The bride wore white. The groom wore prison garb. Two days later, the immigration judge wore a put-upon expression.
The deportation hearing of Eddy Zheng had just taken a very weird turn.
Not that any part of his journey through the American legal system has been ordinary. After nearly twenty years, Zheng is approaching the endgame of an odyssey that began when he was a sixteen-year-old recent immigrant who barely spoke English and ran with the wrong crew in Oakland's Chinatown.
The skinny, money-obsessed kid was one of three teenagers who committed an intensely frightening robbery-kidnap as clumsy as it was horrific. All three young men were caught immediately. Zheng received the maximum sentence -- seven years to life -- and his attorneys expected him to serve eight or nine years.
By the late '90s, Zheng already had served twice that. He'd also made a stunning transformation from junior hoodlum to star pupil at San Quentin. He taught himself English, and earned a GED and an associate of arts degree. He developed a deep love of poetry, self-publishing his own zines and organizing the prison's first poetry slam. He worked with "scared straight" programs, urging teenagers to avoid his fate. He carried on a torrential correspondence with civic leaders and literary luminaries in the outside world, who were attracted by his intellectual voracity and his evident desire to atone for the past. He avoided drugs and eschewed gangs. He didn't just do time; he did it well.
At first, Zheng's good behavior was noticed, and in 1998, the parole board recommended his release. But Governor Gray Davis had the ultimate vote and he promptly returned Zheng's case to the board for reconsideration. That time, parole was denied, and for the next five years, the board continually turned Zheng down. Davis wasn't paroling anyone anyway: Of the 340 parole recommendations during his tenure, he overturned 332.
The harder Zheng worked to reinvent himself, the more outsiders sympathized with his plight. Here was a felon who actually had changed for the better inside the notoriously corruptive California penal system, yet it looked like he might never get out. "If they really are rehabilitated, you should give them a chance," says Victor Hwang, president of the Asian American Bar Association, who rallied legal support for Zheng. "He's developed into a community leader. He's been really able to outgrow the prison boundaries and make connections with the larger progressive and Asian-American communities."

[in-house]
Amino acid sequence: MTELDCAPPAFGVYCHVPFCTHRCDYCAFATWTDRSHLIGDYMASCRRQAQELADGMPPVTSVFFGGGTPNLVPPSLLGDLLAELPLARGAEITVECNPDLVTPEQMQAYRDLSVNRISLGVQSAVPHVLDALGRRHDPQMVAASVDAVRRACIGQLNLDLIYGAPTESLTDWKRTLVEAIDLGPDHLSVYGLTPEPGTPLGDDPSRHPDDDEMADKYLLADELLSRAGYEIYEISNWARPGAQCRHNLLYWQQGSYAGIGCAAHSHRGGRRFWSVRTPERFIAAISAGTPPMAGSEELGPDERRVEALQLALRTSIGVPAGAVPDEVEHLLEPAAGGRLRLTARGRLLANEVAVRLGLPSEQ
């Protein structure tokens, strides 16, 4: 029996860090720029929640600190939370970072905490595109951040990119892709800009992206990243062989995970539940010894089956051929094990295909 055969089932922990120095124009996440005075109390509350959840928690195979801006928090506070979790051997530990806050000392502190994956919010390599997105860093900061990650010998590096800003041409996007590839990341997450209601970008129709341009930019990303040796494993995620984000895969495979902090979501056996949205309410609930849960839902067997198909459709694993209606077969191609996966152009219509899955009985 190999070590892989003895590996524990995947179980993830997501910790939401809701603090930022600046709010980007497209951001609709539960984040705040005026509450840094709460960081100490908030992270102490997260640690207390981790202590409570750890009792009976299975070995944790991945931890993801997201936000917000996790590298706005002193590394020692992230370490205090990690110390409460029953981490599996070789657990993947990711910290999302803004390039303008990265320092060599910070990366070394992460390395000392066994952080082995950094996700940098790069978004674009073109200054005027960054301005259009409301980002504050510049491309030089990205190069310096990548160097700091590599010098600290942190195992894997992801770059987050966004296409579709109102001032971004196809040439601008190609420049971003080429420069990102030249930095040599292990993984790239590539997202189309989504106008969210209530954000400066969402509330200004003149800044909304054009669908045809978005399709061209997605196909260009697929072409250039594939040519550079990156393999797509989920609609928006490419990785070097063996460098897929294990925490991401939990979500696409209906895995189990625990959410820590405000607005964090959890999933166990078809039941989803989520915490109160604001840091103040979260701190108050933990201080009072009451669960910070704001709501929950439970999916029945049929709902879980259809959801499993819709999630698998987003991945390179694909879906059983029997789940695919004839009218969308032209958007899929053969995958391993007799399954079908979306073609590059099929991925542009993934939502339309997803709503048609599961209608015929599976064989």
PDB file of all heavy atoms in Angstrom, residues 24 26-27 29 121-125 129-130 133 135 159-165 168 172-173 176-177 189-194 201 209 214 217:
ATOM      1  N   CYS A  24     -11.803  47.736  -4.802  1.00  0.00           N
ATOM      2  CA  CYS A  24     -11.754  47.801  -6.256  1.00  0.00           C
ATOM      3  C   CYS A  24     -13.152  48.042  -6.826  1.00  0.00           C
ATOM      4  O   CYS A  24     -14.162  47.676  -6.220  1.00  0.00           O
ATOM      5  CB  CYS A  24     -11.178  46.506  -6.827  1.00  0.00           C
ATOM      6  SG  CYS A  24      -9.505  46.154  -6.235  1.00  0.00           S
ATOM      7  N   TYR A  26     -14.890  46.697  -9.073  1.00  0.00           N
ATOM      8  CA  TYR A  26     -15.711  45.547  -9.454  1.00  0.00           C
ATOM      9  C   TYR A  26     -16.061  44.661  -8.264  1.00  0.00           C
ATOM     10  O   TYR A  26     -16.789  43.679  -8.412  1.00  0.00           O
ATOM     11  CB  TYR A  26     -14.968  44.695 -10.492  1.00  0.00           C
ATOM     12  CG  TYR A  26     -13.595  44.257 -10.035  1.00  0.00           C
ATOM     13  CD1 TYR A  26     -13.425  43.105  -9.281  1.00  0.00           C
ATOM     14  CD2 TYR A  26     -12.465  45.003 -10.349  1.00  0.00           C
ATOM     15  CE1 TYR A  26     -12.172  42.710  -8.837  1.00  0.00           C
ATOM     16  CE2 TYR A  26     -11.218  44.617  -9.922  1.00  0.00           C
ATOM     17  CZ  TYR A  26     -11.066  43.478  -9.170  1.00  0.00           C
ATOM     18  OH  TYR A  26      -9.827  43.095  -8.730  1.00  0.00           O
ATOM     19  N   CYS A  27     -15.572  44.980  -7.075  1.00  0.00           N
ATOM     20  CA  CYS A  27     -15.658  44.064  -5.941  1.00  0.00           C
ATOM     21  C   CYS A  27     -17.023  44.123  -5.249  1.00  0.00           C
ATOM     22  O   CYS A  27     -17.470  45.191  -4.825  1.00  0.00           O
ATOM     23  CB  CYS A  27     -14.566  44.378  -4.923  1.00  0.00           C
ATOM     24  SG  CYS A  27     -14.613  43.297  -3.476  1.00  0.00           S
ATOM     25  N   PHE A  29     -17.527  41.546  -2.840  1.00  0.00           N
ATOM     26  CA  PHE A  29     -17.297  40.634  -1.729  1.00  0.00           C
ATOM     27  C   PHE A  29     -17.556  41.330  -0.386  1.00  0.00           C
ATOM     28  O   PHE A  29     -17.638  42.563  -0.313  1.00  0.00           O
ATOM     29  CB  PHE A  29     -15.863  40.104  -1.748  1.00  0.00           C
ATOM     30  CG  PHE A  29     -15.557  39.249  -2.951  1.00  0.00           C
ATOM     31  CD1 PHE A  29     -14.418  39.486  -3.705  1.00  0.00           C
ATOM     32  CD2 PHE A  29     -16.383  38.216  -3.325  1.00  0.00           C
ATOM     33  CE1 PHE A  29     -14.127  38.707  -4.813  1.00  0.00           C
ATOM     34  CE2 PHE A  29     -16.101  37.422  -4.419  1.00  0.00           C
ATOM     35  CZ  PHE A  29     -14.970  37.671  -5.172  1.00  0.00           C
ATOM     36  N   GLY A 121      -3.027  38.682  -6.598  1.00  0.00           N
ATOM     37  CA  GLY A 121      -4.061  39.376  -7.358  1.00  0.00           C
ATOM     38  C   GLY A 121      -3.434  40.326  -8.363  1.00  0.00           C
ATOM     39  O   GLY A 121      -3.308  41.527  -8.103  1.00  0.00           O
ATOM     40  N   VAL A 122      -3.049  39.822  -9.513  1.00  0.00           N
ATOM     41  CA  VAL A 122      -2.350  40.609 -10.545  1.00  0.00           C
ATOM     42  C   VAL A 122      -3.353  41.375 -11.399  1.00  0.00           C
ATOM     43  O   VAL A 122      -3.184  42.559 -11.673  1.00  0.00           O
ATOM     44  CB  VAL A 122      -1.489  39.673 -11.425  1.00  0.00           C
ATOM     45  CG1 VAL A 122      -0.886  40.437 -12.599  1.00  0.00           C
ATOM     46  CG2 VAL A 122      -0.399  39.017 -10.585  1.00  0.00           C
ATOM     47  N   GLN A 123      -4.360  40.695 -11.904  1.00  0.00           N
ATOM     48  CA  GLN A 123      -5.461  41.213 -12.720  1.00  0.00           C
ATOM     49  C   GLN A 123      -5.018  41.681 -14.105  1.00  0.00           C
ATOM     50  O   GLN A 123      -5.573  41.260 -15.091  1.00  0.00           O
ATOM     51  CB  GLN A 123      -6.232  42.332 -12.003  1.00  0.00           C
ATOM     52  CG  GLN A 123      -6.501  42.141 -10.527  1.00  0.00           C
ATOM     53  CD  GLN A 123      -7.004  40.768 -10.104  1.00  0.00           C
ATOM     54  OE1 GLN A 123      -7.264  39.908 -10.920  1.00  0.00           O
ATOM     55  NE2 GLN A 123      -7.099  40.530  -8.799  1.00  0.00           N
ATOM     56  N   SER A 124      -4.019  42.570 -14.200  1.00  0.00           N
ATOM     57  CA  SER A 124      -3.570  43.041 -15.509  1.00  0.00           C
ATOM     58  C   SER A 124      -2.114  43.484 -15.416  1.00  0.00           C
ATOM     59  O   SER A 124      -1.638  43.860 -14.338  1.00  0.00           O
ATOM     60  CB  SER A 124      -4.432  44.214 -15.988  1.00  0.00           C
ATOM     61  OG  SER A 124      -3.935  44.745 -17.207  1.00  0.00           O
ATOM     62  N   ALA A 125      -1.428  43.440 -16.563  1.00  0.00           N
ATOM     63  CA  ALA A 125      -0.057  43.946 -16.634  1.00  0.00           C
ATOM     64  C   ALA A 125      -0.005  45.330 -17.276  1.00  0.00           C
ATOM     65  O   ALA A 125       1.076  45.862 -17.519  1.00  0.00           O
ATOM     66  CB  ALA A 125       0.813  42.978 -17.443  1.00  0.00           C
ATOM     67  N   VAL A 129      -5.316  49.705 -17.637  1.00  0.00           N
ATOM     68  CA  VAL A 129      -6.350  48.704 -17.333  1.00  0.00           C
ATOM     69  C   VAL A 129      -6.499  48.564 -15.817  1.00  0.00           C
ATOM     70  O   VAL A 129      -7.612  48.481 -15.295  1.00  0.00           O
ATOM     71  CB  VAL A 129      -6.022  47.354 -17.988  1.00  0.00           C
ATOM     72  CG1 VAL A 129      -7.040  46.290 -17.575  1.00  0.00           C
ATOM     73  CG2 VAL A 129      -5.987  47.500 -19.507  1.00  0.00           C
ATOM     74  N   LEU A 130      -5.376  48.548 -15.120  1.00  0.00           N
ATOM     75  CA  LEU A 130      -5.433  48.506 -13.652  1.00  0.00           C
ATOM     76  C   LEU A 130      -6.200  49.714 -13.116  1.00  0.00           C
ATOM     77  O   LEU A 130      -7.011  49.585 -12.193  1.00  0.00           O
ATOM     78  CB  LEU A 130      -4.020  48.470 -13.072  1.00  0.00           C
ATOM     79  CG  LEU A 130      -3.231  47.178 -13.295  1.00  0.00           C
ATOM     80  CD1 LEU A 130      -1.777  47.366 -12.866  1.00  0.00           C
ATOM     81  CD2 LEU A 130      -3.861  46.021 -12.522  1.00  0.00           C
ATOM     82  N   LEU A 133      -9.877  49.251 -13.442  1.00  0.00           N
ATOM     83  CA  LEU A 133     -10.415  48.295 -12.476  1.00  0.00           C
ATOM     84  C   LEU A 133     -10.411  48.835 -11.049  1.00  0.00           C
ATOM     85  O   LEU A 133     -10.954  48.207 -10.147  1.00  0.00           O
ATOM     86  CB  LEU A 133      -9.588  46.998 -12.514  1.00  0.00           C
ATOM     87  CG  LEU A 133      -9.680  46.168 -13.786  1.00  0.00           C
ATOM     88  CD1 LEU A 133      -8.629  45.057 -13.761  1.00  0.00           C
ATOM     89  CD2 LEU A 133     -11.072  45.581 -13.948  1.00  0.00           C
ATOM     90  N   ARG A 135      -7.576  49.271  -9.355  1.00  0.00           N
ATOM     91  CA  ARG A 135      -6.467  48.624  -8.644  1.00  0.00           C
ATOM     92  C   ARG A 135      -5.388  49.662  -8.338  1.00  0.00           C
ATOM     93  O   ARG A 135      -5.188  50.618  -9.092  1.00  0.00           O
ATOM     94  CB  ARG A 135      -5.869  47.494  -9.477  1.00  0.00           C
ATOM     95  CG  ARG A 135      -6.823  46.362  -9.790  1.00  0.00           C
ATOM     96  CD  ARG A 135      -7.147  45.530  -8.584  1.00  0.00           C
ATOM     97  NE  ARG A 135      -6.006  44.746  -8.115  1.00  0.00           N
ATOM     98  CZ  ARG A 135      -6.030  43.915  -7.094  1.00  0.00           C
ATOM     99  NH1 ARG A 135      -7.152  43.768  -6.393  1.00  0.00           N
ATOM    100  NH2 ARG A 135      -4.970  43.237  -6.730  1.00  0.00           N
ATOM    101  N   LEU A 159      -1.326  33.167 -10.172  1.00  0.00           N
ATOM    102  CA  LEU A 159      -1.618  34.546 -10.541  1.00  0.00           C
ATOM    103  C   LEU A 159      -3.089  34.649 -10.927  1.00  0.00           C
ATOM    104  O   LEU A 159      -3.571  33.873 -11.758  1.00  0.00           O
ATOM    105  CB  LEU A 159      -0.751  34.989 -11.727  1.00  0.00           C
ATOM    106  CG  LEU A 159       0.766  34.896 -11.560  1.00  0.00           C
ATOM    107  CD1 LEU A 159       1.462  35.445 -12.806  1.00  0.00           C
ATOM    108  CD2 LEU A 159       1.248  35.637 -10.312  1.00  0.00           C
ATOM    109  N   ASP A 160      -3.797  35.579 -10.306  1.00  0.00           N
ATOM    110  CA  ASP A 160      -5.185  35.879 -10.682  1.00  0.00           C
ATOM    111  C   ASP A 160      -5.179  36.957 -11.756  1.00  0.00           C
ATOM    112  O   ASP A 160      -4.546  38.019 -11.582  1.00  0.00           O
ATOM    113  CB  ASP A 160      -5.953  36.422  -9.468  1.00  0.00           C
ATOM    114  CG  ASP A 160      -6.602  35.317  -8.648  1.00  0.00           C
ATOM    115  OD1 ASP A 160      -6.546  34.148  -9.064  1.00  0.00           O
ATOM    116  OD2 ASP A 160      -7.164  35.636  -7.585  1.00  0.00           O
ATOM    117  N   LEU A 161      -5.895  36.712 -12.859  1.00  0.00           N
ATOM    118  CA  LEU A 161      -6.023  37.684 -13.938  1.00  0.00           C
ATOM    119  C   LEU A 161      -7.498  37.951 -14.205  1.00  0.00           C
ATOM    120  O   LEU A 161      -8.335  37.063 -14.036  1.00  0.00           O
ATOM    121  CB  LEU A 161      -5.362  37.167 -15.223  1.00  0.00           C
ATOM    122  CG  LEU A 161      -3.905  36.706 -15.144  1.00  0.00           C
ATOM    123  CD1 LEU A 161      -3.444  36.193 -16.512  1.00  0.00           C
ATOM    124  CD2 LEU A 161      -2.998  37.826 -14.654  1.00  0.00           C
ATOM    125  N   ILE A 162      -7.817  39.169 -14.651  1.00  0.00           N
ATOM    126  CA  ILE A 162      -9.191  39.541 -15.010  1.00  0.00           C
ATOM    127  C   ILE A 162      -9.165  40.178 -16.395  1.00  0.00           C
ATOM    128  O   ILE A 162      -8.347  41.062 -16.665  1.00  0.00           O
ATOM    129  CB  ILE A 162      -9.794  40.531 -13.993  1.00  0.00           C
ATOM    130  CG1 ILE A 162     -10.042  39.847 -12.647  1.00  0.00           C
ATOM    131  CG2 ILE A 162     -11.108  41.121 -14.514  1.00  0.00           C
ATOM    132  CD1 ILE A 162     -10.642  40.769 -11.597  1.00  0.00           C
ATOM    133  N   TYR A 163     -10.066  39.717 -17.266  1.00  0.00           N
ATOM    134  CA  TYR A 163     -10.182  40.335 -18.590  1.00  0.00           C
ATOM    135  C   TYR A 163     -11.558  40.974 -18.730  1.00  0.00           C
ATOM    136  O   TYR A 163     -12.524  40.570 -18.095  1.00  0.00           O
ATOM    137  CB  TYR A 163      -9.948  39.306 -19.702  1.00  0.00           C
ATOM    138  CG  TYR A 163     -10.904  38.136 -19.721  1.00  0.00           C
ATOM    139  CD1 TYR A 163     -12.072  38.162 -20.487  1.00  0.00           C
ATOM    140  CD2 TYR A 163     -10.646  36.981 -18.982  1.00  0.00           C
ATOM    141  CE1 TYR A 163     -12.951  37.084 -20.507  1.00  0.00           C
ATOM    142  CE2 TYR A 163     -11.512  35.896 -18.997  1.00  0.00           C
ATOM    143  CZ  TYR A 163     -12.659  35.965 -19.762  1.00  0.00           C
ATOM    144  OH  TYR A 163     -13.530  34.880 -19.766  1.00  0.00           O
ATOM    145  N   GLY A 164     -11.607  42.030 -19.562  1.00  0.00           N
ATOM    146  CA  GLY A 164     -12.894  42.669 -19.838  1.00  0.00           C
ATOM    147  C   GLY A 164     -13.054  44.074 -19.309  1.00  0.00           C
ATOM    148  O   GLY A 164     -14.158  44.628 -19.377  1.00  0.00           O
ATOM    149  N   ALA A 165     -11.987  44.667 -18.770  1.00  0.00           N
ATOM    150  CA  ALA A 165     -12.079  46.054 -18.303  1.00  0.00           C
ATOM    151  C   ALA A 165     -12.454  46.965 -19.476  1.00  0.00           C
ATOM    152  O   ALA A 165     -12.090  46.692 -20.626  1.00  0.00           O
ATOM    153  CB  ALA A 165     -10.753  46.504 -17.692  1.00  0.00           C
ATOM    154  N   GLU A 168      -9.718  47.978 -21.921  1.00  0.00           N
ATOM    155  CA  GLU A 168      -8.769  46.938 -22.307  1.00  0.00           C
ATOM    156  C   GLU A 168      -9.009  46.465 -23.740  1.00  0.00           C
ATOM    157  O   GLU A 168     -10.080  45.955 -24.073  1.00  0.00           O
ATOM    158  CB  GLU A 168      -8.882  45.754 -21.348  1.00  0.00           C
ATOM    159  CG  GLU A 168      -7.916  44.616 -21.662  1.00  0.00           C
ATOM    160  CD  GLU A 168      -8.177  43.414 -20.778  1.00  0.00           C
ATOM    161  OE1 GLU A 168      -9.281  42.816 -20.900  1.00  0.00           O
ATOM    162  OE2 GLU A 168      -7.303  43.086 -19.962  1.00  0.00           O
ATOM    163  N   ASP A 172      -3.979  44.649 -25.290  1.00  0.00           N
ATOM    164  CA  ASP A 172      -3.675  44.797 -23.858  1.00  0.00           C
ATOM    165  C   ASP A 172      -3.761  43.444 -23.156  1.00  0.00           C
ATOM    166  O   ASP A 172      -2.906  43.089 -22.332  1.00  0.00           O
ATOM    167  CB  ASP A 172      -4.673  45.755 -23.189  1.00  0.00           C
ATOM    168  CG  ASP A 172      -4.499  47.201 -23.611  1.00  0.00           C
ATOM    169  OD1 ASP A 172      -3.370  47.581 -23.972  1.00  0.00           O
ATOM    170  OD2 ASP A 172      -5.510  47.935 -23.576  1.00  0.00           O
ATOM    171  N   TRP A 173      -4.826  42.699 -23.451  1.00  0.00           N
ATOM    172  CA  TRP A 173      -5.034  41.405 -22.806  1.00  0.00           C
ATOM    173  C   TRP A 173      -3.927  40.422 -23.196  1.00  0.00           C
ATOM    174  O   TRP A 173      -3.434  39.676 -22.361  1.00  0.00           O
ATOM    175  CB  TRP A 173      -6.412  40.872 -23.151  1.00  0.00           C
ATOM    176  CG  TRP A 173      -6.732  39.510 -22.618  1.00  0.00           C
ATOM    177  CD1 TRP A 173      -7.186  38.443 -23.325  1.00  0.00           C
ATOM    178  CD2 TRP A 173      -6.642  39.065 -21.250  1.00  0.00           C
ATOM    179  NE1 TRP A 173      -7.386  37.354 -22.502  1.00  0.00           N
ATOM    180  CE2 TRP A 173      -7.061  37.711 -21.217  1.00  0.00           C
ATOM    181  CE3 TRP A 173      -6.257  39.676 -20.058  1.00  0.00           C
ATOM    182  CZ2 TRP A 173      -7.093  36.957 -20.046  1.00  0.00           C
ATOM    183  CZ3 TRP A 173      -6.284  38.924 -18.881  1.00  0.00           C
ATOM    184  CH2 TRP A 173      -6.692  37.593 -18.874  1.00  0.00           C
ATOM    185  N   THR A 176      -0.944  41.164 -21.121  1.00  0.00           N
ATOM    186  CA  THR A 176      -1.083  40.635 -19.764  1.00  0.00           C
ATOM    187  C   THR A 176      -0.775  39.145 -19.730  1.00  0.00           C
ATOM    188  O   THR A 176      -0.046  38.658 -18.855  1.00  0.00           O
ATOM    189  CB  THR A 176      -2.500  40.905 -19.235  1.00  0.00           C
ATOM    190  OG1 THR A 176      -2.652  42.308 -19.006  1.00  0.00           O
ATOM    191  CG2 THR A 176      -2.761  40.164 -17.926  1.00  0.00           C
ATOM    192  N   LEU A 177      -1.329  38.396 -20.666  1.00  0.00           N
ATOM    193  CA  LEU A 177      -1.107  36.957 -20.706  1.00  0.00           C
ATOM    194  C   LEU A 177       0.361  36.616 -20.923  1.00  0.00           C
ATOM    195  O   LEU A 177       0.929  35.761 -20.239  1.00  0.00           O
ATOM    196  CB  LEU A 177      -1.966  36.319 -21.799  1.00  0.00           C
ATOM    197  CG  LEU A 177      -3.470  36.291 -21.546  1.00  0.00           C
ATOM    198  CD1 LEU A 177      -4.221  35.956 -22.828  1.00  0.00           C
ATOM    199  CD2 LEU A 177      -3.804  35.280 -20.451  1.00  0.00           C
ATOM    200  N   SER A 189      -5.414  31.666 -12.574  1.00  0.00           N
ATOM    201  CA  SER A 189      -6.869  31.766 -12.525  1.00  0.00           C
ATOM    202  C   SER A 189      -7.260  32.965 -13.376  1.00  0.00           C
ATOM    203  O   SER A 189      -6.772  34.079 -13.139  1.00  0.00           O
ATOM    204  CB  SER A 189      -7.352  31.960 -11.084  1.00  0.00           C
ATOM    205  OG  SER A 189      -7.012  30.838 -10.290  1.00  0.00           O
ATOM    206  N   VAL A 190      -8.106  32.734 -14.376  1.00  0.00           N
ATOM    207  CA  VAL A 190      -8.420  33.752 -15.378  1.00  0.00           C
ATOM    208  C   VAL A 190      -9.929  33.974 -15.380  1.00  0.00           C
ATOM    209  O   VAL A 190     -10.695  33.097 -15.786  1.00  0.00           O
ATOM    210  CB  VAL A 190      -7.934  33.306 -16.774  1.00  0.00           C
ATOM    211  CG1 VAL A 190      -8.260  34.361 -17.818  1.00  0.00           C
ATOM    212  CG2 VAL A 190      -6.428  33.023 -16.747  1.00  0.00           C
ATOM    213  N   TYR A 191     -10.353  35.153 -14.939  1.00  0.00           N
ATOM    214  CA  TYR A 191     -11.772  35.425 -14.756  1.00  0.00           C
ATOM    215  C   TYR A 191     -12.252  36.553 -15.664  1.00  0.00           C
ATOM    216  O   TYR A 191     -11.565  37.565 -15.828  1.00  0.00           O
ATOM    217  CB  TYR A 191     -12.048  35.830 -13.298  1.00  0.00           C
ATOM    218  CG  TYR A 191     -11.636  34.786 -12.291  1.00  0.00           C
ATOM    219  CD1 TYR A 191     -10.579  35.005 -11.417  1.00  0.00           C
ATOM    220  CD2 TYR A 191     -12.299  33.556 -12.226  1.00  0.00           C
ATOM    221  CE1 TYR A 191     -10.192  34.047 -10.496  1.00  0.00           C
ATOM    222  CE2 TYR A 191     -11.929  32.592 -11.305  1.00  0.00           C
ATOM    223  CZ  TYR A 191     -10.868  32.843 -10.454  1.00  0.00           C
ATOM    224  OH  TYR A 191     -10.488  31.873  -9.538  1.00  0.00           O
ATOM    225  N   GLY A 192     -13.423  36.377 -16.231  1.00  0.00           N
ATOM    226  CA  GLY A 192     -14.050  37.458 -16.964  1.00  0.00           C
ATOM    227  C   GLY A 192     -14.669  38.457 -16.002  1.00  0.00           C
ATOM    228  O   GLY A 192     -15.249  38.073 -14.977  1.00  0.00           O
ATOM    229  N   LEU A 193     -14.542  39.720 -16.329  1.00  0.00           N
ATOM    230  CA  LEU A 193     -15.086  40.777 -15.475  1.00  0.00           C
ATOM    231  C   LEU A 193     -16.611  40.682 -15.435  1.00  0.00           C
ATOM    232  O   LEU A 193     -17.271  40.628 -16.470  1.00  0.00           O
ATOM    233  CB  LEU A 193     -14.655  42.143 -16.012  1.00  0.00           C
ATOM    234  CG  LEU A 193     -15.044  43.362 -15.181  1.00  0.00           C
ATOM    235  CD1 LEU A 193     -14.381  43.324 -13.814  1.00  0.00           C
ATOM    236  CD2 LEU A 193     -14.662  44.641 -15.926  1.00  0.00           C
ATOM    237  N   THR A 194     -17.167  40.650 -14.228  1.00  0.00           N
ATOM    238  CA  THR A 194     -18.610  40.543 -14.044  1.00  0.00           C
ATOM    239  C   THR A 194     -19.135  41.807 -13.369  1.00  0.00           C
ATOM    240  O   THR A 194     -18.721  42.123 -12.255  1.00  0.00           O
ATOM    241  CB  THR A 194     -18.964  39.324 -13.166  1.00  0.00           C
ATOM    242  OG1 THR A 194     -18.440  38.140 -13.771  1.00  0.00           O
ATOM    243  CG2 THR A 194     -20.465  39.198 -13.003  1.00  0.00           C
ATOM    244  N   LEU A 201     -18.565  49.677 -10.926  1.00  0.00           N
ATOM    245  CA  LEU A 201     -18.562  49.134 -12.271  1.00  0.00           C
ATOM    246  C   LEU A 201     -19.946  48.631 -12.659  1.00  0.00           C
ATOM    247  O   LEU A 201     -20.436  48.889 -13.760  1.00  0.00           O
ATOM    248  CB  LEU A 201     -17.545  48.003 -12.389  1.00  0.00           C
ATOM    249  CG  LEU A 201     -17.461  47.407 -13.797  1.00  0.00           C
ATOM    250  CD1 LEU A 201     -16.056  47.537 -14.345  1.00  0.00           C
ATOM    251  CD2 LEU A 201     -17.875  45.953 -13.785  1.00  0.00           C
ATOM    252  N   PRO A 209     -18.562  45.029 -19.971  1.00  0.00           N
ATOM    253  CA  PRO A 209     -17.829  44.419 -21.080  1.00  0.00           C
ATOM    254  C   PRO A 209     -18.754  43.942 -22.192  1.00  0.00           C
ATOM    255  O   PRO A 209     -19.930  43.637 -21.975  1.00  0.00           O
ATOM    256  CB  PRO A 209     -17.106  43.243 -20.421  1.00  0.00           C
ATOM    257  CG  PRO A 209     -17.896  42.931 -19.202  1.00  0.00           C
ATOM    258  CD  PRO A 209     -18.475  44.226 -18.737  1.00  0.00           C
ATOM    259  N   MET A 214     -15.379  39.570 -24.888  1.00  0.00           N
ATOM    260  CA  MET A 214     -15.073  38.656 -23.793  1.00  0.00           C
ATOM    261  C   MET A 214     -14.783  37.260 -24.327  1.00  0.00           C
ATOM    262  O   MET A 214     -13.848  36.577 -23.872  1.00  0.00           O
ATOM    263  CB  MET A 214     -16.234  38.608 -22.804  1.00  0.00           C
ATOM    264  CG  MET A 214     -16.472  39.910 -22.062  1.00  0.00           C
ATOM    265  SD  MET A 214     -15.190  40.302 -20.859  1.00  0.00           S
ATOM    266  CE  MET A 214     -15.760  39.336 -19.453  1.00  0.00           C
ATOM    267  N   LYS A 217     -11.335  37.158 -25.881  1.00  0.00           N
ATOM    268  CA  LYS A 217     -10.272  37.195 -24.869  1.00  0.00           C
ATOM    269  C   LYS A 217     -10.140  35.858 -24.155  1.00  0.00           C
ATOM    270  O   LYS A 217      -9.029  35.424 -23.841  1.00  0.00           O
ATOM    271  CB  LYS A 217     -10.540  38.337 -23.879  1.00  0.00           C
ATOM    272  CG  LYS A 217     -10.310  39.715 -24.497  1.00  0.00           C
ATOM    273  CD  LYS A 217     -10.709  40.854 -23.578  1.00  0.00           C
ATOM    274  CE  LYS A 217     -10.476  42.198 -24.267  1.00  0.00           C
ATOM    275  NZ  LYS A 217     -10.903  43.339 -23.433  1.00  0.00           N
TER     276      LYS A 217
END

Zheng's supporters are indeed a who's who of high-profile Bay Area lawyers, politicians, professors, and clergy who believe he is ready to contribute to society. Even the district attorney and judge who sent him away say he has been punished enough. Student activists took up his cause -- among the most dedicated was UC Berkeley student Anmol Chaddha, who met Zheng through an inmate tutoring program. He launched a Web site devoted to the case, as well as a blog into which another of Zheng's friends types his semiweekly dispatches from prison. "He's not just a nameless inmate who is doing time sitting on a bench in prison," Chaddha says. "He's actively engaging with his world. He has something to say and people want to hear it."
Finally, last November, the board again recommended Zheng for parole. If Governor Arnold Schwarzenegger didn't object, Zheng would finally be free, after nineteen years in prison. The March 10 deadline arrived with no word from the governor. But that's where Zheng's story took another twist.
Instead of seeing daylight, he now faced deportation. He'd have to wait in federal custody while the Department of Homeland Security decided whether he should be sent back to China. Federal agents picked him up from one jail cell and drove him to another.
Zheng had immigrated legally, but imprisonment prevented him from becoming a naturalized US citizen. He had always faced the possibility of deportation at the end of his sentence, but a federal rules change ten years into his prison term made deportation mandatory for noncitizens who have committed aggravated felonies. Until a few months ago, he could have applied for a waiver often given to inmates jailed before the 1996 rules change, but a recent government ruling removed that option.
His supporters are shocked that Zheng spent nearly two decades repaying his debt to American society and yet may be exiled to a country he hasn't seen since childhood. "The state and taxpayers of California have spent probably close to $1 million on incarcerating and encouraging his rehabilitation, and we finally have produced someone who actually is rehabilitated," Chaddha says. "Then you export him, and you've wasted him." Zheng has escaped the frying pan, only to be fed to the fire.
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